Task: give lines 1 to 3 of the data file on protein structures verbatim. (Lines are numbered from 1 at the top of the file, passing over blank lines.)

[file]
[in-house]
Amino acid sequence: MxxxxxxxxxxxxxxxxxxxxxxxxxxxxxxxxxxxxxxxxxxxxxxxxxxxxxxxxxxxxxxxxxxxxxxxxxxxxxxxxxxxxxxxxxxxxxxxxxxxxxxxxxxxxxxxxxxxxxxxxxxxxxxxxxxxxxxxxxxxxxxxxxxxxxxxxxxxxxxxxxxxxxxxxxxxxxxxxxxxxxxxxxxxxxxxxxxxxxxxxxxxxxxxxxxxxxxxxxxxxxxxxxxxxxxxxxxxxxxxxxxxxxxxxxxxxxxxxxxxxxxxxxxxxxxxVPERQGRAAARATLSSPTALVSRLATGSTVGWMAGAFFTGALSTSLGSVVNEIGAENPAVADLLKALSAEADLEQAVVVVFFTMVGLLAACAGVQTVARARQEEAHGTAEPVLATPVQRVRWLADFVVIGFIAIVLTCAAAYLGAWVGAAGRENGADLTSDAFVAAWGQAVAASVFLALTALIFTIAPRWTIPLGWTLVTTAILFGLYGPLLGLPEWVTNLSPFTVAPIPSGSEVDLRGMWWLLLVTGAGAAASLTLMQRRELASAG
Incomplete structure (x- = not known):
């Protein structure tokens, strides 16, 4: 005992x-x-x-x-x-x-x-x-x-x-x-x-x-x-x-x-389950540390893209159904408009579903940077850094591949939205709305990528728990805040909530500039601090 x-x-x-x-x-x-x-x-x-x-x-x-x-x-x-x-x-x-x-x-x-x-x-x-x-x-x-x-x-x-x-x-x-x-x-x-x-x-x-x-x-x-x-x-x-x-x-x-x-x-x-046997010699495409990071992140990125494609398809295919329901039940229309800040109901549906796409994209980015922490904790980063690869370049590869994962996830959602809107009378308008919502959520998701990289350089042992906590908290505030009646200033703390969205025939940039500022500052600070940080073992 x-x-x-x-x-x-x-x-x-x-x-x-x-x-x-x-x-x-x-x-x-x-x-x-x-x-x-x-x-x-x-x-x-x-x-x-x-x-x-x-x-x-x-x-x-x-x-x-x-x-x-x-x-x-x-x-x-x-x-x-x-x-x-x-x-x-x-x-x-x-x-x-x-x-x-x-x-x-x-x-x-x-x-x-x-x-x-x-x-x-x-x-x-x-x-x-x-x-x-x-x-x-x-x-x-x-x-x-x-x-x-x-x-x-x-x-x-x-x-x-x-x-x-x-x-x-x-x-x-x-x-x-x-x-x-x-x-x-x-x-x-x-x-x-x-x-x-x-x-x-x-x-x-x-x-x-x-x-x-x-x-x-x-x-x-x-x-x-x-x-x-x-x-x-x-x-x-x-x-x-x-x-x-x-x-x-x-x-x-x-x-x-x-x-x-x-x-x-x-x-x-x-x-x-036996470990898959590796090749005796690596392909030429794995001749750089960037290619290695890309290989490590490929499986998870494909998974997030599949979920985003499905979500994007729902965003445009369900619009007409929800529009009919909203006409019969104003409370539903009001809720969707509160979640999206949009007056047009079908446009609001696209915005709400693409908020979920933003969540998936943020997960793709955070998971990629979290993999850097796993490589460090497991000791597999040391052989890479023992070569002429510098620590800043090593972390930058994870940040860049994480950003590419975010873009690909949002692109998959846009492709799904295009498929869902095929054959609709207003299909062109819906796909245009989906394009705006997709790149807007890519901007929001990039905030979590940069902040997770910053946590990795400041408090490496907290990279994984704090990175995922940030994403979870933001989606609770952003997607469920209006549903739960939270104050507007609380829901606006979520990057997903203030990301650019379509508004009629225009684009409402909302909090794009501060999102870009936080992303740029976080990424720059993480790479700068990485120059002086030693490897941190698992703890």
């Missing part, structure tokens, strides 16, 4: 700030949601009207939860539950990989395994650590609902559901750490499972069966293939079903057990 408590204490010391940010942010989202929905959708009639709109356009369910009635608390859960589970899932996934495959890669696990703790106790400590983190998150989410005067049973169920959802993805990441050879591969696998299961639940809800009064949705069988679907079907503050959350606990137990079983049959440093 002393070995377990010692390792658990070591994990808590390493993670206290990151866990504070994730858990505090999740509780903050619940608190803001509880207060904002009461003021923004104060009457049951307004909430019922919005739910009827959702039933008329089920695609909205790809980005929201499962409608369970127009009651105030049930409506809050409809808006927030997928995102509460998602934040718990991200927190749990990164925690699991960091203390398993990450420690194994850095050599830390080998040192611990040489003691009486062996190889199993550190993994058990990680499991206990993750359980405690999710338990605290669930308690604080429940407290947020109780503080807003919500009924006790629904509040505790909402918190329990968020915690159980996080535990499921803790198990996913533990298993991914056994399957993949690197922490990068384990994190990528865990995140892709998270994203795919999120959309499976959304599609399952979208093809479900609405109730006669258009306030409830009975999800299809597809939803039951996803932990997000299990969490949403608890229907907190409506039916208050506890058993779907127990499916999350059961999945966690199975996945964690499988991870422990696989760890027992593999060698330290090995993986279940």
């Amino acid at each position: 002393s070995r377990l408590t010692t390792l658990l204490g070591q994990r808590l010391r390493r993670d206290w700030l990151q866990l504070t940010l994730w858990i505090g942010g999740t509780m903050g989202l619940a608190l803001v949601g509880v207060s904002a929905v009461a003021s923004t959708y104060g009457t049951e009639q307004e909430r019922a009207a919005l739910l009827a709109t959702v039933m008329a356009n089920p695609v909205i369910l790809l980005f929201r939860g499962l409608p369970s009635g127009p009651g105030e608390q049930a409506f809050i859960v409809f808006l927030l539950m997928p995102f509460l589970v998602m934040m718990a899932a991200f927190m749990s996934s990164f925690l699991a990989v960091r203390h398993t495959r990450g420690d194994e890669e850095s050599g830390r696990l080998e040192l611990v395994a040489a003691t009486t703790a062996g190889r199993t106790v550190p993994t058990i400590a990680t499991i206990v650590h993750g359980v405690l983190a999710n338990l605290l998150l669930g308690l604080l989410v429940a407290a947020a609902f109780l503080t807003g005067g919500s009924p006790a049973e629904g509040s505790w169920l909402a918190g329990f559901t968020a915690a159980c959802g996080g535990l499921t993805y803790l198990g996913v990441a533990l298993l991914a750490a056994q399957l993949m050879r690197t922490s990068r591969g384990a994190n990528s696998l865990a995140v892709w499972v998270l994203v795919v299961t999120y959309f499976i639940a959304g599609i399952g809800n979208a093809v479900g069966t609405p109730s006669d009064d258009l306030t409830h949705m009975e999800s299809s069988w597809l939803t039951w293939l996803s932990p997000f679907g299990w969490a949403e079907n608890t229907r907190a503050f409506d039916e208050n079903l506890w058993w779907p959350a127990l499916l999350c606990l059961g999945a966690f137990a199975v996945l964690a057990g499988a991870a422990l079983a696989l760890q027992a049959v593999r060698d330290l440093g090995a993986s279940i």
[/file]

[in-house]
Amino acid sequence: MxxxxxxxxxxxxxxxxxxxxxxxxxxxxxxxxxxxxxxxxxxxxxxxxxxxxxxxxxxxxxxxxxxxxxxxxxxxxxxxxxxxxxxxxxxxxxxxxxxxxxxxxxxxxxxxxxxxxxxxxxxxxxxxxxxxxxxxxxxxxxxxxxxxxxxxxxxxxxxxxxxxxxxxxxxxxxxxxxxxxxxxxxxxxxxxxxxxxxxxxxxxxxxxxxxxxxxxxxxxxxxxxxxxxxxxxxxxxxxxxxxxxxxxxxxxxxxxxxxxxxxxxxxxxxxxVPERQGRAAARATLSSPTALVSRLATGSTVGWMAGAFFTGALSTSLGSVVNEIGAENPAVADLLKALSAEADLEQAVVVVFFTMVGLLAACAGVQTVARARQEEAHGTAEPVLATPVQRVRWLADFVVIGFIAIVLTCAAAYLGAWVGAAGRENGADLTSDAFVAAWGQAVAASVFLALTALIFTIAPRWTIPLGWTLVTTAILFGLYGPLLGLPEWVTNLSPFTVAPIPSGSEVDLRGMWWLLLVTGAGAAASLTLMQRRELASAG
Incomplete structure (x- = not known):